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Colombo, Sri Lanka’s capital, is undergoing a make-over. After years of civil war, the city is set to become a Singapore-like economic powerhouse. Chinese and Indian-fuelled investment has poured into the country to make this dream come true. But at what cost? Slave Island, an old neighbourhood in the heart of the city, is where the skyscrapers are going up faster than one can imagine. What used to be  a unique and vibrant urban district is transformed beyond recognition. The quarter is quickly being swallowed up by the shiny new apartment buildings rising around it. Artist Firi Rahman has lived his whole life in Slave Island, and as more buildings in his neighbourhood are threatened by demolition, he has gathered up his artist friends and started a campaign to save its soul. #WeAreFromHere is a unique artistic initiative that maps stories of ordinary and extraordinary locals to highlight the unique multicultural community of Slave Island.


Slave Island — locally known as Kompannaveediya — has lived many lives. In the colonial days, when it was still an island in a crocodile-infested lake, the Portuguese and later the Dutch considered it the ideal location for a slave prison. The name stayed long after the slaves were set free, and the area grew into what it is today: a hub of vibrant activity where African, Indian, Javanese, Burgher, Moor and most prominently, Malay heritage are visible at every street corner. You can hear it in the music, see it in the colours and taste it in the food. No longer an island, it is a diverse community made up of people from all faiths and walks of life, which is unique in Colombo.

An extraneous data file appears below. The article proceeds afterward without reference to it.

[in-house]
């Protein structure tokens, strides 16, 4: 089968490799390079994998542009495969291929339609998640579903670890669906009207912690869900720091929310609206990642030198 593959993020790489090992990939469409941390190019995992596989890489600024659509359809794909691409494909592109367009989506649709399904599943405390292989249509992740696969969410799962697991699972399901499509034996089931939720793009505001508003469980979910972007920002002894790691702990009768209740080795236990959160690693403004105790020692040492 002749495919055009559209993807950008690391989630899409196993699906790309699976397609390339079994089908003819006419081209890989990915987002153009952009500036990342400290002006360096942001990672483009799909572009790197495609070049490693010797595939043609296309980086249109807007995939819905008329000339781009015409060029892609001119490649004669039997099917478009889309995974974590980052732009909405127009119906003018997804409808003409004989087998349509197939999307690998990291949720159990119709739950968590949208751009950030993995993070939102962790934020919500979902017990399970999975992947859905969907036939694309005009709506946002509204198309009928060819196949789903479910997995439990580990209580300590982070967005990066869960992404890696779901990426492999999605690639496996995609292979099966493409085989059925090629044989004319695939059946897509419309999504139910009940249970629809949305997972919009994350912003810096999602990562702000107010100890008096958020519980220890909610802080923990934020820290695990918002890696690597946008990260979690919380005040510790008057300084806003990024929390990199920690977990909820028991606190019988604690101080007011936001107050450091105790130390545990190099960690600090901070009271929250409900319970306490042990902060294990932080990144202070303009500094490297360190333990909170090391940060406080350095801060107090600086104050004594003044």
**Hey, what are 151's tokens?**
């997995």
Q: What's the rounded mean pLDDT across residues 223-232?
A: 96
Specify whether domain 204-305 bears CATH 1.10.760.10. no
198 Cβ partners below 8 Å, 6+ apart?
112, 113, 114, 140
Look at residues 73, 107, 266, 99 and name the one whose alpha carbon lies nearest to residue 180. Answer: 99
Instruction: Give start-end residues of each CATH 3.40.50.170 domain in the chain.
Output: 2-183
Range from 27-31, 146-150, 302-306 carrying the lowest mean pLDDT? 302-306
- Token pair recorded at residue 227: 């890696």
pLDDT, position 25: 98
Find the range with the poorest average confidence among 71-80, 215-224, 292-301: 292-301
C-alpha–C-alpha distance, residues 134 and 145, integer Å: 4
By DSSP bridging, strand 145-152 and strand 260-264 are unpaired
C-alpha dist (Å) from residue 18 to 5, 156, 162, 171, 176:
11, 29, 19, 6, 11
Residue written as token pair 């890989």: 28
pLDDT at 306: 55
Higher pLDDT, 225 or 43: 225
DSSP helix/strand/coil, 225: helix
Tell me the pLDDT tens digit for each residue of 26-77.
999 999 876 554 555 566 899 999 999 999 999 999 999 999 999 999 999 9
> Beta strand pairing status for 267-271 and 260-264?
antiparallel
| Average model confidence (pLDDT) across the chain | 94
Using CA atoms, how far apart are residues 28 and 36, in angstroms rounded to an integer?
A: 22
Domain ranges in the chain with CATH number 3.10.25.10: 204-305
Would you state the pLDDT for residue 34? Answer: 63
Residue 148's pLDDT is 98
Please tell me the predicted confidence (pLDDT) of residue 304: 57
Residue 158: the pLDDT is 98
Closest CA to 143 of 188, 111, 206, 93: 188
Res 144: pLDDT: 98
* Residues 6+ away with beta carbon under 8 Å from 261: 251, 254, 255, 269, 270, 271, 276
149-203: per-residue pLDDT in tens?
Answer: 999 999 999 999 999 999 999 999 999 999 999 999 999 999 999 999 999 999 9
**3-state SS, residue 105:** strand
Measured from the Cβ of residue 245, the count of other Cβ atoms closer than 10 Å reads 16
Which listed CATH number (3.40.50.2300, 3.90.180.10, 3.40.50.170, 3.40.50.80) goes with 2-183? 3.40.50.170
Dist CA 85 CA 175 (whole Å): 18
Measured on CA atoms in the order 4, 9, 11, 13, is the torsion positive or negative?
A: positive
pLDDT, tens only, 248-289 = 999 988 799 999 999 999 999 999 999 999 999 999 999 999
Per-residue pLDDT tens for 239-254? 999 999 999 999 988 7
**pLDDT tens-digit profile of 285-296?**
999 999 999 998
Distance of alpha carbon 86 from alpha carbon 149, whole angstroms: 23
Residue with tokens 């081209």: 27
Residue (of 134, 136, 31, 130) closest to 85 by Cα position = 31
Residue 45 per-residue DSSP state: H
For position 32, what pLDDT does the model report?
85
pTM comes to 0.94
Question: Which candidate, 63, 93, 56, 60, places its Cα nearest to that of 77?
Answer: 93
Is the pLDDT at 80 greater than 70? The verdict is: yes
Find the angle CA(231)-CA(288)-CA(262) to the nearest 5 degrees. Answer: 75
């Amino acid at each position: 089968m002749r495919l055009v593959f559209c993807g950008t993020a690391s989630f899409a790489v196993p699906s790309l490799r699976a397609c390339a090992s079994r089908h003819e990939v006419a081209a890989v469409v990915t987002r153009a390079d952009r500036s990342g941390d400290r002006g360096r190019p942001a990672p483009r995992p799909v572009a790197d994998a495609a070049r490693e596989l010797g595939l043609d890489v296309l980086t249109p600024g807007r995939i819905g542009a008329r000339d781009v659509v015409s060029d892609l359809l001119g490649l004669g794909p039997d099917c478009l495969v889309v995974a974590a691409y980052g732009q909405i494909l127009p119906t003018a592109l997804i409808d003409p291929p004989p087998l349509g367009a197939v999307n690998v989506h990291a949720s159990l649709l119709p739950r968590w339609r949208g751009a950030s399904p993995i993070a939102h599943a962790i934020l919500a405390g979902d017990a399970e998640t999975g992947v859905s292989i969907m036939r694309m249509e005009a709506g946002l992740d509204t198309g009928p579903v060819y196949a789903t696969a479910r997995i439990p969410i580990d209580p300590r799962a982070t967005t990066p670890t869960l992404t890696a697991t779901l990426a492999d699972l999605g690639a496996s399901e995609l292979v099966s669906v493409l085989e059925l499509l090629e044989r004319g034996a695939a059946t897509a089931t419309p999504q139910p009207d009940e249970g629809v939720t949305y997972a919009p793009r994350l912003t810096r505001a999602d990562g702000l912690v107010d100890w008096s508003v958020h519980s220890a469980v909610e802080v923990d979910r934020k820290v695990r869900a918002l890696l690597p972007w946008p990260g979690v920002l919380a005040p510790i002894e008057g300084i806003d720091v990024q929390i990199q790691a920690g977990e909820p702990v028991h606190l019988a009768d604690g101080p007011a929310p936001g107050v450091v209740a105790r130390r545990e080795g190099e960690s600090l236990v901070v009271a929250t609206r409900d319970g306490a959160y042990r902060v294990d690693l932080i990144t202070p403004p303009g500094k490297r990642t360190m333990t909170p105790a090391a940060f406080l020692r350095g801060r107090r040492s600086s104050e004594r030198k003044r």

Slave Island is about to undergo another reincarnation. The location, just south of the city’s Central Business District Fort, is triple-A, so the small alleyways have become valuable property. The eviction of residents in an area of approximately 160 acres in the heart of Colombo 02, began in 2012. Some 70,000 households are now being relocated to newly constructed apartment-style housing in other parts of the city. It is part of an ambitious $287 million ‘City of Colombo Urban Regeneration Project’ spearheaded by the Urban Development Authority. The scale and speed of the project is mind-boggling, with some streets being completely erased from the map, and with them their social fabric and memories of place. Java Lane is one of them. Here, the only thing the developers left standing is the green and white neighbourhood mosque, now surrounded by nothing but apartment blocks, disconnected from its community.


Local artists Firi Rahman and Vicky Shahjahan started #WeAreFromHere in 2012, a visual project portraying the people that make up the unique neighbourhood of Slave Island. Their wall murals feature familiar faces from the community: sportspeople, street vendors, mechanics, musicians, actors and artists. Firi shares: “#WeAreFromHere showcases the people who make Slave Island a fascinating, unique and diverse place. There are many places that have been demolished or damaged already, like the popular Castle Hotel and the Java Lane mosque. There are many more places, of which we don’t know whether they’ll still be here in a few years’ time.”